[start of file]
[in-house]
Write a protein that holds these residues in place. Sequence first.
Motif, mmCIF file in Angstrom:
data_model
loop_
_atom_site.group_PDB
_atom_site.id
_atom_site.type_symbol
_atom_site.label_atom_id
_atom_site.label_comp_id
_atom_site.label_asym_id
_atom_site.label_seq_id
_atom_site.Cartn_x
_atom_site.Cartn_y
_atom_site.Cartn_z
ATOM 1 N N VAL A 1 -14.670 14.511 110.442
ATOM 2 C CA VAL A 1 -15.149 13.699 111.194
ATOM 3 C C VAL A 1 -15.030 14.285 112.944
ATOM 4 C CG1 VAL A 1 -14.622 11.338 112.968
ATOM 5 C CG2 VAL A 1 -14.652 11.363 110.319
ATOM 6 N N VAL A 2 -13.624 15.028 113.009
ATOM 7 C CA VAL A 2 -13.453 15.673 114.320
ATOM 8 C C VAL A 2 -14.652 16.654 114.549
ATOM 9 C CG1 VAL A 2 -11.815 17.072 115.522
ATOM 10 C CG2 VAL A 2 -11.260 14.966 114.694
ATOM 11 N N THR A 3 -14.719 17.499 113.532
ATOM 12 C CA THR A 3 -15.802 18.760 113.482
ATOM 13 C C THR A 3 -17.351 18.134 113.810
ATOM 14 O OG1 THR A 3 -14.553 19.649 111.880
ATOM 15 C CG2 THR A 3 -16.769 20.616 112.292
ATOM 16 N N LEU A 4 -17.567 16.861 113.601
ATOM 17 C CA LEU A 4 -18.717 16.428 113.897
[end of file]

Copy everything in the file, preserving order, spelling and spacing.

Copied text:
[in-house]
Write a protein that holds these residues in place. Sequence first.
Motif, mmCIF file in Angstrom:
data_model
loop_
_atom_site.group_PDB
_atom_site.id
_atom_site.type_symbol
_atom_site.label_atom_id
_atom_site.label_comp_id
_atom_site.label_asym_id
_atom_site.label_seq_id
_atom_site.Cartn_x
_atom_site.Cartn_y
_atom_site.Cartn_z
ATOM 1 N N VAL A 1 -14.670 14.511 110.442
ATOM 2 C CA VAL A 1 -15.149 13.699 111.194
ATOM 3 C C VAL A 1 -15.030 14.285 112.944
ATOM 4 C CG1 VAL A 1 -14.622 11.338 112.968
ATOM 5 C CG2 VAL A 1 -14.652 11.363 110.319
ATOM 6 N N VAL A 2 -13.624 15.028 113.009
ATOM 7 C CA VAL A 2 -13.453 15.673 114.320
ATOM 8 C C VAL A 2 -14.652 16.654 114.549
ATOM 9 C CG1 VAL A 2 -11.815 17.072 115.522
ATOM 10 C CG2 VAL A 2 -11.260 14.966 114.694
ATOM 11 N N THR A 3 -14.719 17.499 113.532
ATOM 12 C CA THR A 3 -15.802 18.760 113.482
ATOM 13 C C THR A 3 -17.351 18.134 113.810
ATOM 14 O OG1 THR A 3 -14.553 19.649 111.880
ATOM 15 C CG2 THR A 3 -16.769 20.616 112.292
ATOM 16 N N LEU A 4 -17.567 16.861 113.601
ATOM 17 C CA LEU A 4 -18.717 16.428 113.897